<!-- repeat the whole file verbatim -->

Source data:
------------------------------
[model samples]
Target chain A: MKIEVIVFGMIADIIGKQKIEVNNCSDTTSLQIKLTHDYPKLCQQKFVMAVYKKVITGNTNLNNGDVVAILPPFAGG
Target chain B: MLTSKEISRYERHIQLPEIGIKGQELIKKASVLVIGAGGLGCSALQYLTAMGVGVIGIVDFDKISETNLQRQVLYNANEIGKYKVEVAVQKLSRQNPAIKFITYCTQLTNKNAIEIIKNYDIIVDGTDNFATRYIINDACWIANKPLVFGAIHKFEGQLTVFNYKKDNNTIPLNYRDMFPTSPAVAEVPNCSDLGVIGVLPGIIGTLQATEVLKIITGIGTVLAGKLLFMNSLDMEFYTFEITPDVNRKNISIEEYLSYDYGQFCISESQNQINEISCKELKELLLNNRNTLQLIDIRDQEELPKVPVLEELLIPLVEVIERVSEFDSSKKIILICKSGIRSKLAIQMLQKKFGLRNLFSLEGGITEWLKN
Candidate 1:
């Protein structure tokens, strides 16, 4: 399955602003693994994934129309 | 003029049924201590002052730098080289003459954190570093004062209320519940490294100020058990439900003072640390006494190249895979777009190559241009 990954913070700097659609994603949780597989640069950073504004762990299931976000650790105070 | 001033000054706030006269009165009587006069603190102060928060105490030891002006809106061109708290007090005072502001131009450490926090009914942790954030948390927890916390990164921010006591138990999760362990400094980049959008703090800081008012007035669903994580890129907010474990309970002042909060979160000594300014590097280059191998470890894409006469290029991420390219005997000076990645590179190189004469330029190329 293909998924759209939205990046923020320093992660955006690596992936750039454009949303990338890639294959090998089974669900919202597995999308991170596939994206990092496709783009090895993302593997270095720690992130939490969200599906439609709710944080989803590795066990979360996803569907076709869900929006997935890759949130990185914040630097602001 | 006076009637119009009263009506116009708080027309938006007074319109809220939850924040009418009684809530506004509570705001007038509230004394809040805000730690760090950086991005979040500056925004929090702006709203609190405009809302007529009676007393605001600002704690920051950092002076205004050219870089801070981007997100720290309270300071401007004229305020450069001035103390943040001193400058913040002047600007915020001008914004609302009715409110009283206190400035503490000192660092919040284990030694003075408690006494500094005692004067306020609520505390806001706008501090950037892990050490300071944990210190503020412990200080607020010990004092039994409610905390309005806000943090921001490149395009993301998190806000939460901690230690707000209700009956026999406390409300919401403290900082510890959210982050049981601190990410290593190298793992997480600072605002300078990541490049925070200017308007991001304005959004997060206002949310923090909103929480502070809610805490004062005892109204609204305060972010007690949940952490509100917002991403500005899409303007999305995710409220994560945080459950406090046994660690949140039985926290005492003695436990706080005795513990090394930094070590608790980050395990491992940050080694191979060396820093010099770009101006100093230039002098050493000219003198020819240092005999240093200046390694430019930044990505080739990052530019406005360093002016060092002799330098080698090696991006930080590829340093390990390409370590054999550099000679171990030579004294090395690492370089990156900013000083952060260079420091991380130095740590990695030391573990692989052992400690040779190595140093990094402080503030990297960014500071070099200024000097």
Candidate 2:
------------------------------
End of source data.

[model samples]
Target chain A: MKIEVIVFGMIADIIGKQKIEVNNCSDTTSLQIKLTHDYPKLCQQKFVMAVYKKVITGNTNLNNGDVVAILPPFAGG
Target chain B: MLTSKEISRYERHIQLPEIGIKGQELIKKASVLVIGAGGLGCSALQYLTAMGVGVIGIVDFDKISETNLQRQVLYNANEIGKYKVEVAVQKLSRQNPAIKFITYCTQLTNKNAIEIIKNYDIIVDGTDNFATRYIINDACWIANKPLVFGAIHKFEGQLTVFNYKKDNNTIPLNYRDMFPTSPAVAEVPNCSDLGVIGVLPGIIGTLQATEVLKIITGIGTVLAGKLLFMNSLDMEFYTFEITPDVNRKNISIEEYLSYDYGQFCISESQNQINEISCKELKELLLNNRNTLQLIDIRDQEELPKVPVLEELLIPLVEVIERVSEFDSSKKIILICKSGIRSKLAIQMLQKKFGLRNLFSLEGGITEWLKN
Candidate 1:
């Protein structure tokens, strides 16, 4: 399955602003693994994934129309 | 003029049924201590002052730098080289003459954190570093004062209320519940490294100020058990439900003072640390006494190249895979777009190559241009 990954913070700097659609994603949780597989640069950073504004762990299931976000650790105070 | 001033000054706030006269009165009587006069603190102060928060105490030891002006809106061109708290007090005072502001131009450490926090009914942790954030948390927890916390990164921010006591138990999760362990400094980049959008703090800081008012007035669903994580890129907010474990309970002042909060979160000594300014590097280059191998470890894409006469290029991420390219005997000076990645590179190189004469330029190329 293909998924759209939205990046923020320093992660955006690596992936750039454009949303990338890639294959090998089974669900919202597995999308991170596939994206990092496709783009090895993302593997270095720690992130939490969200599906439609709710944080989803590795066990979360996803569907076709869900929006997935890759949130990185914040630097602001 | 006076009637119009009263009506116009708080027309938006007074319109809220939850924040009418009684809530506004509570705001007038509230004394809040805000730690760090950086991005979040500056925004929090702006709203609190405009809302007529009676007393605001600002704690920051950092002076205004050219870089801070981007997100720290309270300071401007004229305020450069001035103390943040001193400058913040002047600007915020001008914004609302009715409110009283206190400035503490000192660092919040284990030694003075408690006494500094005692004067306020609520505390806001706008501090950037892990050490300071944990210190503020412990200080607020010990004092039994409610905390309005806000943090921001490149395009993301998190806000939460901690230690707000209700009956026999406390409300919401403290900082510890959210982050049981601190990410290593190298793992997480600072605002300078990541490049925070200017308007991001304005959004997060206002949310923090909103929480502070809610805490004062005892109204609204305060972010007690949940952490509100917002991403500005899409303007999305995710409220994560945080459950406090046994660690949140039985926290005492003695436990706080005795513990090394930094070590608790980050395990491992940050080694191979060396820093010099770009101006100093230039002098050493000219003198020819240092005999240093200046390694430019930044990505080739990052530019406005360093002016060092002799330098080698090696991006930080590829340093390990390409370590054999550099000679171990030579004294090395690492370089990156900013000083952060260079420091991380130095740590990695030391573990692989052992400690040779190595140093990094402080503030990297960014500071070099200024000097």
Candidate 2: